Thousands of people have been evacuated in New South Wales (NSW), Australia, due to unprecedented flooding. More heavy rain is predicted to fall in the region in the coming days.
Some 10 million people are currently under an extreme weather warning across Australia after what has been described as the worst flooding NSW has seen in 50 years.
Just over a year ago, vast swathes of the state were burnt by widespread wildfires. NSW Premier, Gladys Berejiklian, told reporters that many of the regions “being battered by the floods” were the same areas hit by the fires and droughts last summer.
She added that these were “challenging times” for the Australian state.
“I don’t know any time in our state’s history where we have had these extreme weather conditions in such quick succession in the middle of a pandemic.”
Currently handling eight times their normal workload, Australian firefighters have called on the local government to provide more resources for dealing with climate change-related events.
“This disaster and last year’s bushfires show that the government needs to plan and prepare for the worst case scenario in emergency services,” Leighton Drury, NSW State Secretary of Fire Brigade Employees’ Union said in a statement.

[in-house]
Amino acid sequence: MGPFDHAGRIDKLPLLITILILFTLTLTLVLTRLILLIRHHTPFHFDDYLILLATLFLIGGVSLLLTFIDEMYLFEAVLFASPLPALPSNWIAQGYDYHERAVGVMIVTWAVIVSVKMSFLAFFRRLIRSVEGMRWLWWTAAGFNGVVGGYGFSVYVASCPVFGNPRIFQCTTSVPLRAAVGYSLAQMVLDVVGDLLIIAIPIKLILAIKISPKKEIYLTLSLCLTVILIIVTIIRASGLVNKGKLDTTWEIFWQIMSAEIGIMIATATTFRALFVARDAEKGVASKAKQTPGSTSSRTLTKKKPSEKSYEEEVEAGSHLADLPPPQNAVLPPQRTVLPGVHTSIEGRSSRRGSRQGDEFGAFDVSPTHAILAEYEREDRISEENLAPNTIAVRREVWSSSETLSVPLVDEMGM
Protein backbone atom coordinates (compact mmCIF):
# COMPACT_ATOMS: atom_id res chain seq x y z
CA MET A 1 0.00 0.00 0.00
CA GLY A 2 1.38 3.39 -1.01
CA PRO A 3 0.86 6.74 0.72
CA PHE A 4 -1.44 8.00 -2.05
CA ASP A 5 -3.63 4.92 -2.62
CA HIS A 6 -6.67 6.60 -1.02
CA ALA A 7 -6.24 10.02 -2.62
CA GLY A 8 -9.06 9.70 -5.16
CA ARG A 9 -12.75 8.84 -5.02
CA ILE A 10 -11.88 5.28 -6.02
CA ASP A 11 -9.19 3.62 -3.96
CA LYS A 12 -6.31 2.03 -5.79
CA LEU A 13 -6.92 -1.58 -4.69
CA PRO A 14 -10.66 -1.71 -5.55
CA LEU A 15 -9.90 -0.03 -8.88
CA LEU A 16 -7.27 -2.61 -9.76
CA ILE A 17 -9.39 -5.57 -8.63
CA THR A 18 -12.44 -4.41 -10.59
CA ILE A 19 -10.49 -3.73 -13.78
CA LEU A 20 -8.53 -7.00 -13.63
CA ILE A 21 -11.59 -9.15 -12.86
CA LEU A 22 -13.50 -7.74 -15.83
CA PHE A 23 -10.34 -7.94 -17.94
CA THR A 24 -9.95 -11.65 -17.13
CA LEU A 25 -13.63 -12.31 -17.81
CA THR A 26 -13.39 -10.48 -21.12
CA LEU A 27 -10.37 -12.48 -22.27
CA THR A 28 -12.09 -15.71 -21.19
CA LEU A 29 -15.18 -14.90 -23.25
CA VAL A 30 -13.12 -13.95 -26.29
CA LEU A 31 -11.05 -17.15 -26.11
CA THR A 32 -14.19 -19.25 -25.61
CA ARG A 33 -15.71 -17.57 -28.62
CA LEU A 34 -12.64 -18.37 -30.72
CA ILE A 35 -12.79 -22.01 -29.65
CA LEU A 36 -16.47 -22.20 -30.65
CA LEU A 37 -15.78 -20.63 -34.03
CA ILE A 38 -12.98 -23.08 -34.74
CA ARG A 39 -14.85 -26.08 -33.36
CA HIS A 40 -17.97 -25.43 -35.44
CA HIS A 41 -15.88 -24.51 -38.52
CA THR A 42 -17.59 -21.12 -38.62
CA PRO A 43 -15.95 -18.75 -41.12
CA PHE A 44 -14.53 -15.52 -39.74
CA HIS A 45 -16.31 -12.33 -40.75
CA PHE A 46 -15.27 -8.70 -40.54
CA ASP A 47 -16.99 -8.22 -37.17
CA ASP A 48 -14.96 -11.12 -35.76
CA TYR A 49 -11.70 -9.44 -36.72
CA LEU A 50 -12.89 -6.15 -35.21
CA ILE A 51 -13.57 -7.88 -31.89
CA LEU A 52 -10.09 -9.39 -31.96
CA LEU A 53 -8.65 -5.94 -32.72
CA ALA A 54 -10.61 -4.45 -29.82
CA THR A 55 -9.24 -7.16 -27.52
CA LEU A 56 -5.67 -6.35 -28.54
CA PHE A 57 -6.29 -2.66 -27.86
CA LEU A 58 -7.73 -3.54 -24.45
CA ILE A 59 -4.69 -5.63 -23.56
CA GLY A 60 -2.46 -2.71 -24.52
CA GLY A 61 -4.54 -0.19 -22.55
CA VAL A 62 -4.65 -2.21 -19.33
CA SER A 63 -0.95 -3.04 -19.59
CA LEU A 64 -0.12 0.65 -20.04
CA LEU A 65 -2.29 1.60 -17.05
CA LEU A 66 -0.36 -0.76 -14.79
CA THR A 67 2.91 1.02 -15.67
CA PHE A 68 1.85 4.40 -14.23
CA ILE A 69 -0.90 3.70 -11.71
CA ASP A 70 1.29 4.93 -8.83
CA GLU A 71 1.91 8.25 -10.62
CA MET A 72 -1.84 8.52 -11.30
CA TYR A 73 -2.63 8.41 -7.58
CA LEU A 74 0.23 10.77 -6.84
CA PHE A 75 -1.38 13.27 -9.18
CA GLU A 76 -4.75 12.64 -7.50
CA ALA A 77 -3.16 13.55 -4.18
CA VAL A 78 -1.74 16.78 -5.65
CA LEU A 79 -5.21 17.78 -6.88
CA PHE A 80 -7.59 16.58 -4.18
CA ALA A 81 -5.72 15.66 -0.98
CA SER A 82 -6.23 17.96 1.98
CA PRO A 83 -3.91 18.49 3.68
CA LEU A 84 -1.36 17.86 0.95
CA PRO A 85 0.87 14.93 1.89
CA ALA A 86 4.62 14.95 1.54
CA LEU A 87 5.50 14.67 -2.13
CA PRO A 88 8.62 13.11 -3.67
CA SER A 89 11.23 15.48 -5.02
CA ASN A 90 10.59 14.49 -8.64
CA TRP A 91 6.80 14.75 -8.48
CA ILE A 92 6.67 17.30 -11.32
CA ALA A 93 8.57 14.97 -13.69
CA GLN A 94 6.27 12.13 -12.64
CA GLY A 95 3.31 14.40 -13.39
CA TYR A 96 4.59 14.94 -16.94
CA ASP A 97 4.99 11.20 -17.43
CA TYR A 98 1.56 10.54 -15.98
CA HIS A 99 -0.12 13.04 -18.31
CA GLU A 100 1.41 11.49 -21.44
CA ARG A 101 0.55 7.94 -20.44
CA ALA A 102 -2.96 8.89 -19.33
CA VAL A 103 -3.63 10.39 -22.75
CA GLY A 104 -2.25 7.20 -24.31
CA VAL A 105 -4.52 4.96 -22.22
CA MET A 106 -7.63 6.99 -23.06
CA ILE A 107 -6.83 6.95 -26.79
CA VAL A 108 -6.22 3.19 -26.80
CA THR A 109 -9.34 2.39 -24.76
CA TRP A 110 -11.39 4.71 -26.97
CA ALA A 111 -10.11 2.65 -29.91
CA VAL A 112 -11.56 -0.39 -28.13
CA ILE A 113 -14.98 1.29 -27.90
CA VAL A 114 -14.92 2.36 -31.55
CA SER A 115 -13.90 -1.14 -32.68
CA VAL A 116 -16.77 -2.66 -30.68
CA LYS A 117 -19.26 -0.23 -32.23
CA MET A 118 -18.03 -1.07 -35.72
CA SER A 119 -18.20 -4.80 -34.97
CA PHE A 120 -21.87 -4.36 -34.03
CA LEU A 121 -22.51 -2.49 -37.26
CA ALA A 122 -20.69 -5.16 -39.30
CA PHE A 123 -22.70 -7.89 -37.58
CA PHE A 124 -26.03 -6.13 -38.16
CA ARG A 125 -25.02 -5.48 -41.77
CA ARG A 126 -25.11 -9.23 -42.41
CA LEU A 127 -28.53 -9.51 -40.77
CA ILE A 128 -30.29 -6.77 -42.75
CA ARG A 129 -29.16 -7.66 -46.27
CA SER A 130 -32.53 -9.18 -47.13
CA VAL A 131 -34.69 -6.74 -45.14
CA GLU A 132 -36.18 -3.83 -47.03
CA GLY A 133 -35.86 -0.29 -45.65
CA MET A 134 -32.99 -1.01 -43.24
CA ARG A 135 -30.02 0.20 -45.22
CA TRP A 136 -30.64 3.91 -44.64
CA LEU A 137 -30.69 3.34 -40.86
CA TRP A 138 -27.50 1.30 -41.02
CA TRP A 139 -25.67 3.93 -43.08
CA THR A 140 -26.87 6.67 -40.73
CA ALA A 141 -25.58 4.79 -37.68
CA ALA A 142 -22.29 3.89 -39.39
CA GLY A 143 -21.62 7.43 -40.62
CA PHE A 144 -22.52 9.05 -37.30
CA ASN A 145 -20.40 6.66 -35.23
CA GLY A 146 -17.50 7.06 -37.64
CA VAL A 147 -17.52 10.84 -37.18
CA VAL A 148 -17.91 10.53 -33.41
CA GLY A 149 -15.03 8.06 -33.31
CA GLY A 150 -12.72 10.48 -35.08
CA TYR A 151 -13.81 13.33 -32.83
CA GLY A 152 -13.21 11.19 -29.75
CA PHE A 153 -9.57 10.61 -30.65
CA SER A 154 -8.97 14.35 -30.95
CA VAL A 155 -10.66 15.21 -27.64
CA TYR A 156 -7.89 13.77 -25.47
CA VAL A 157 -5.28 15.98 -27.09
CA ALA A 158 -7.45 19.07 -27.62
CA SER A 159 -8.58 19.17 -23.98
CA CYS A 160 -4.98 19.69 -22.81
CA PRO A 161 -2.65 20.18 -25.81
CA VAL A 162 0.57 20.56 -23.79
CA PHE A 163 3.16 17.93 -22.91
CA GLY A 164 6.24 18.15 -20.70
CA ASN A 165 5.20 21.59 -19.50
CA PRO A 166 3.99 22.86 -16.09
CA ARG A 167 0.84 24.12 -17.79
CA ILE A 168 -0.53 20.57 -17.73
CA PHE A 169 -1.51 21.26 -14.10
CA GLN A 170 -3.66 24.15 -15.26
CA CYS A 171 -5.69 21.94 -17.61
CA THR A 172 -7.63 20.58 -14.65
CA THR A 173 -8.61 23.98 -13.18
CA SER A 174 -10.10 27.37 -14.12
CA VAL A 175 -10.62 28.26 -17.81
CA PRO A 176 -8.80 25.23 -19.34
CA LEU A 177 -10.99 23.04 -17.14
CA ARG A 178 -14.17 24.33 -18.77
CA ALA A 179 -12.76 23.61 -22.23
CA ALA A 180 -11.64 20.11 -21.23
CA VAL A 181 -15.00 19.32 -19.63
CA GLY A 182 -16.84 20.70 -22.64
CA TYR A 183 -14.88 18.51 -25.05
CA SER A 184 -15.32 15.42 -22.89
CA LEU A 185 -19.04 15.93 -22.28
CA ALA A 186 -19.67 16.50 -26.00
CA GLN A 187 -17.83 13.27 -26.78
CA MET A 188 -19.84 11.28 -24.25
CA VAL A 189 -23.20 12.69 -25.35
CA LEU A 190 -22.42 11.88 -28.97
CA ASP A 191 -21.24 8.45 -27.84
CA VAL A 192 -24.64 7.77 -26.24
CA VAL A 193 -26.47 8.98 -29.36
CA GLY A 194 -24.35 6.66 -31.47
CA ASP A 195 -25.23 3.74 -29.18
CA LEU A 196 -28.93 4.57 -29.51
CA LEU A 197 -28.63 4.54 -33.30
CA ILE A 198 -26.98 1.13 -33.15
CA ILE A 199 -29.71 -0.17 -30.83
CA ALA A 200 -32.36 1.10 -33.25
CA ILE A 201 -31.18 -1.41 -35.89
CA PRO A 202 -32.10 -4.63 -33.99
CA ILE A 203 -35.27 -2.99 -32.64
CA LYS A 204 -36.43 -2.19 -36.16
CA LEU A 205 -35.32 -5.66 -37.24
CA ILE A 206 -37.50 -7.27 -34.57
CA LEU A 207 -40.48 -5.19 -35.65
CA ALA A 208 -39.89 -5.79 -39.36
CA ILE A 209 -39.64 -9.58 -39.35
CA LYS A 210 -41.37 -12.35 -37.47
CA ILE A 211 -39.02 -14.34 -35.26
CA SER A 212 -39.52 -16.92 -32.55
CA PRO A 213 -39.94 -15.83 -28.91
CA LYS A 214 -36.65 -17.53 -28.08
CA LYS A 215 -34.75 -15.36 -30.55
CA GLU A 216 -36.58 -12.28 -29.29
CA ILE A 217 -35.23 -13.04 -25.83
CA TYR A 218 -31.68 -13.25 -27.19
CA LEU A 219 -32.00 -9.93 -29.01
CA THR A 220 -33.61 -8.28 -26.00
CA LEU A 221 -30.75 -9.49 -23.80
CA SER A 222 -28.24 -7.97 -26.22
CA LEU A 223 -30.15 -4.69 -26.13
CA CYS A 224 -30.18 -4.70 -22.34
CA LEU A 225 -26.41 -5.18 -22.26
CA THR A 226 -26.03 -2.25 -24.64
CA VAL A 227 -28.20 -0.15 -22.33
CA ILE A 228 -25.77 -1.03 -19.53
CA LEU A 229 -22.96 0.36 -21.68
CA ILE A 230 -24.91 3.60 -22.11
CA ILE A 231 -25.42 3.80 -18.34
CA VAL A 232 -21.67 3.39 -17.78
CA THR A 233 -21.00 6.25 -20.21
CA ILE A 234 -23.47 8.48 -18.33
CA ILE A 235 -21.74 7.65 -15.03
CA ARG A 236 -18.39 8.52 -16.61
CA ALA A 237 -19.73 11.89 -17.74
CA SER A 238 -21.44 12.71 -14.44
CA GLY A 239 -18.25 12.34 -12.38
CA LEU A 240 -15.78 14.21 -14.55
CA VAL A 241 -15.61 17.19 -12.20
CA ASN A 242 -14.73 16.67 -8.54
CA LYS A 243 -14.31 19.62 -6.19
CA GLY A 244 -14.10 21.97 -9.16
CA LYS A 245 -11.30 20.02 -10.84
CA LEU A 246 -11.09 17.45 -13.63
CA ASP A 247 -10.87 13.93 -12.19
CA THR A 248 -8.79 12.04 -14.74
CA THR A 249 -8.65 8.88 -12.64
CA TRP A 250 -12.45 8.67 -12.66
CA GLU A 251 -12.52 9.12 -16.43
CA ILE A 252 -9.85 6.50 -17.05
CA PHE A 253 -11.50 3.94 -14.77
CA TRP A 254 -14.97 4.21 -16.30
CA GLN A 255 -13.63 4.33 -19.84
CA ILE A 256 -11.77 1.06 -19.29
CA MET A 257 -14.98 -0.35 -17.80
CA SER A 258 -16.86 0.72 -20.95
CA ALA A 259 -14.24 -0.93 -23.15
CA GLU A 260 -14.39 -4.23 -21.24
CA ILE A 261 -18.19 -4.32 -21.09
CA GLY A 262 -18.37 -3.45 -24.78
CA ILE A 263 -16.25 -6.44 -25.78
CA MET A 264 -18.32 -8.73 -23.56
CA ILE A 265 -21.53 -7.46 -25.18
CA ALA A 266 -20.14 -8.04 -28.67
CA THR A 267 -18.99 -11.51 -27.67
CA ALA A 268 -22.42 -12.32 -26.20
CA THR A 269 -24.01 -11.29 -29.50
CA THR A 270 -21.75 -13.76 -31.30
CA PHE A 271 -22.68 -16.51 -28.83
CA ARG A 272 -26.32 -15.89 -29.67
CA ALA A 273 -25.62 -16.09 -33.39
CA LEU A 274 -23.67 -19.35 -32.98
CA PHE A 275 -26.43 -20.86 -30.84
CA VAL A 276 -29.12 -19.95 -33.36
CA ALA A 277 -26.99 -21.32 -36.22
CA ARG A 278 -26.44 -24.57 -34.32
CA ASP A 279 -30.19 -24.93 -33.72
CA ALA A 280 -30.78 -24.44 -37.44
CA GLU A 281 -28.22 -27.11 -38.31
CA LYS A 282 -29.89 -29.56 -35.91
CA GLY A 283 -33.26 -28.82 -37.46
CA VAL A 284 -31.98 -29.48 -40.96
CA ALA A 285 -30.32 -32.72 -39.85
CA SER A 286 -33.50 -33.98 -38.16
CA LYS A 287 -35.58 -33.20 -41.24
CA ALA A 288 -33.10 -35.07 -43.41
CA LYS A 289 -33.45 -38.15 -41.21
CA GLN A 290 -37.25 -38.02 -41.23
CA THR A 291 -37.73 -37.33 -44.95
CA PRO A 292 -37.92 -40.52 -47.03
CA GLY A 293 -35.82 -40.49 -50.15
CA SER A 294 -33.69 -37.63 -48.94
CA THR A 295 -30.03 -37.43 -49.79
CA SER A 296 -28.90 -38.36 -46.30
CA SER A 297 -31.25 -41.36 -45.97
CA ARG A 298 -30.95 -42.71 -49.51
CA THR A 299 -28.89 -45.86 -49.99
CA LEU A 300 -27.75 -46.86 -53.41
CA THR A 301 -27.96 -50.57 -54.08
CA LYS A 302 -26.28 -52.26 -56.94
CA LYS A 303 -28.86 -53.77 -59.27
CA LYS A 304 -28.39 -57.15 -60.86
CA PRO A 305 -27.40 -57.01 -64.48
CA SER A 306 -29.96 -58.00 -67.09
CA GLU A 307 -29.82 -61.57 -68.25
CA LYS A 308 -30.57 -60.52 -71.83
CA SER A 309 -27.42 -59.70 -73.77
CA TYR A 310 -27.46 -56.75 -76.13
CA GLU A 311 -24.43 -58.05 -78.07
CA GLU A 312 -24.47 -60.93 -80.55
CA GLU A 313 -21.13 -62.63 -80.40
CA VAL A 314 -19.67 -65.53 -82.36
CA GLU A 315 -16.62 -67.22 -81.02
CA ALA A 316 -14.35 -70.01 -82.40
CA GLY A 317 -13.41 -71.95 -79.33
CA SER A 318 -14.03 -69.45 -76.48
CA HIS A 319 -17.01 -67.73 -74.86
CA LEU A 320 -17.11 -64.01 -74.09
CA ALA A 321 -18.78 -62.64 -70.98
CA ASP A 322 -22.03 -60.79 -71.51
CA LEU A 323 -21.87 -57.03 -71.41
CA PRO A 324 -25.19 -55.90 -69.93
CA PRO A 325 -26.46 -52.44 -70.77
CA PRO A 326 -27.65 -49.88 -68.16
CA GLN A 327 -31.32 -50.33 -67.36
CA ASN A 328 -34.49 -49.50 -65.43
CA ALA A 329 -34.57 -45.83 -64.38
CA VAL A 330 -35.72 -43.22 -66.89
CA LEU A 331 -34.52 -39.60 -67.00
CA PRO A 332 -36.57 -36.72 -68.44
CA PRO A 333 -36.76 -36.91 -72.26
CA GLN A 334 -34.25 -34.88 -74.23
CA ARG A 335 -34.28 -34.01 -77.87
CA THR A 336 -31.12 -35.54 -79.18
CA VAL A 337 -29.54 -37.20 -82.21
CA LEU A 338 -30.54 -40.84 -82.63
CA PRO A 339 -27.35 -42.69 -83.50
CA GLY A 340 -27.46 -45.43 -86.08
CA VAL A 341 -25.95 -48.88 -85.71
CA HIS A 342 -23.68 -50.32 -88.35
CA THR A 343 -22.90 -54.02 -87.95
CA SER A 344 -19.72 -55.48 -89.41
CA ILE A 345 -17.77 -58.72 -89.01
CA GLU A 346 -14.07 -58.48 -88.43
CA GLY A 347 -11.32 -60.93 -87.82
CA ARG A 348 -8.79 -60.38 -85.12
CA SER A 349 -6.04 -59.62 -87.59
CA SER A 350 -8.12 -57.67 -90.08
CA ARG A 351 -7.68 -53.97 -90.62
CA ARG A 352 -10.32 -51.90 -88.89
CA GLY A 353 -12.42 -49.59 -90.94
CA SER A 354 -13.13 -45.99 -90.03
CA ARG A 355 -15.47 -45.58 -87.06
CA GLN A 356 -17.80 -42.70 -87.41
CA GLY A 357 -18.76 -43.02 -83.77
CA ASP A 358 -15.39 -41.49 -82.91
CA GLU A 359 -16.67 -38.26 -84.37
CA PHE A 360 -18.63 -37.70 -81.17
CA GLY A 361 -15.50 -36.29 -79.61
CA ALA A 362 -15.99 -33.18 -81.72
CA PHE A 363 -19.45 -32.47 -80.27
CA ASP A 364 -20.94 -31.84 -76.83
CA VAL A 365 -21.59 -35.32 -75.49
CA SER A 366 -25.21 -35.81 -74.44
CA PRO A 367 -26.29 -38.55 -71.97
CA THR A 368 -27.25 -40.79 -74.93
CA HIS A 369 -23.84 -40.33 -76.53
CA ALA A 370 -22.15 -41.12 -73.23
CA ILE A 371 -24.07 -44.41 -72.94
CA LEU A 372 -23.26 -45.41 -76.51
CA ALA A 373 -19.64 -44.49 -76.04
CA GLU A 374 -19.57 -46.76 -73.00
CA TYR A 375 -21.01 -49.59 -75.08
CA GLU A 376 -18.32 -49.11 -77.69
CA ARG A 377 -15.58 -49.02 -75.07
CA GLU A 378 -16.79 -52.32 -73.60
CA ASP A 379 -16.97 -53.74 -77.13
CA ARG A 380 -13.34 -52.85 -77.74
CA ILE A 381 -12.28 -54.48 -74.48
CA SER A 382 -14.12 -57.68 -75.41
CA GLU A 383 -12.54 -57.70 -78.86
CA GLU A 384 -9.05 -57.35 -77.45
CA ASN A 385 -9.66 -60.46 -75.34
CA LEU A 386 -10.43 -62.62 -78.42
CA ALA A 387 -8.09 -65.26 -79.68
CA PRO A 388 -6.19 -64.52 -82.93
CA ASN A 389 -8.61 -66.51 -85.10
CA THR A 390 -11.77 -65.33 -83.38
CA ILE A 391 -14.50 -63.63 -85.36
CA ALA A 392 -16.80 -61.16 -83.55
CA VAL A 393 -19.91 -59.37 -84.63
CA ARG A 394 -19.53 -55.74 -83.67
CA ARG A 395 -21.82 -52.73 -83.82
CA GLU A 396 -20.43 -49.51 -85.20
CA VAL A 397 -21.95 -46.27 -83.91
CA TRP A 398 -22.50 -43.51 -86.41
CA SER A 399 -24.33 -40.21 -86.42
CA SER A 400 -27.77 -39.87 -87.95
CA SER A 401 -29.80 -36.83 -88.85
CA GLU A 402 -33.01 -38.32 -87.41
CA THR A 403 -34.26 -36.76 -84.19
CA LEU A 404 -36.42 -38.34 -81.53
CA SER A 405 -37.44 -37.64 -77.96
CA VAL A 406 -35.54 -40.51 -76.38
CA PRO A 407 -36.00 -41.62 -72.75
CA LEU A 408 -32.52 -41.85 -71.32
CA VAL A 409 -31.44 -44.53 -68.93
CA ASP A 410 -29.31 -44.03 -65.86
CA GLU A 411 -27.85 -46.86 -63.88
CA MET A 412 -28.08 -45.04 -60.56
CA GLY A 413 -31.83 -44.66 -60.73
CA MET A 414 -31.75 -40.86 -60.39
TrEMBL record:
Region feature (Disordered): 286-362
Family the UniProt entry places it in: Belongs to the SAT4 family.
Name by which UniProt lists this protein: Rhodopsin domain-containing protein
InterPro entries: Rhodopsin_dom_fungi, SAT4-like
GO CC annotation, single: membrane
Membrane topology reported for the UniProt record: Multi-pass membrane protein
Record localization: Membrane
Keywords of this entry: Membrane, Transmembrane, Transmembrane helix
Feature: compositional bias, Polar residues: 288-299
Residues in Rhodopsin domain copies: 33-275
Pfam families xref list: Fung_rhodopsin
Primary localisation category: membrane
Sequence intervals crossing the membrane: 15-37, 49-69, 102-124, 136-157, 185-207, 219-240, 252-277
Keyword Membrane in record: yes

Is climate change the cause of Australia’s natural disasters?
Released in 2020, Australia’s State of the Climate report found that there had been an increase in heavy rainfall events in the country adding that global warming could make this even worse in the future.
Anticipating human influence on weather events can be difficult as there are a lot of factors that can affect the amount of rain that falls. But some experts say that even a seemingly minimal increase in rainfall due to climate change can be disastrous.
In the past decade, extreme weather events have cost Australia nearly €23 million according to environmental communication group, the Climate Council. In a recent report, the organisation outlined evidence that suggests the ongoing environmental crisis could be exacerbating the effects of heatwaves, cyclones, fires and other extreme weather events.
“The intense rainfall and floods that have devastated NSW communities are taking place in an atmosphere made warmer and wetter by climate change, which is driven by the burning of coal, oil, and gas,” says Professor Will Steffen, a spokesperson for the organisation.
He added that decisive action is needed in the next 10 years to “bring climate change under control”.
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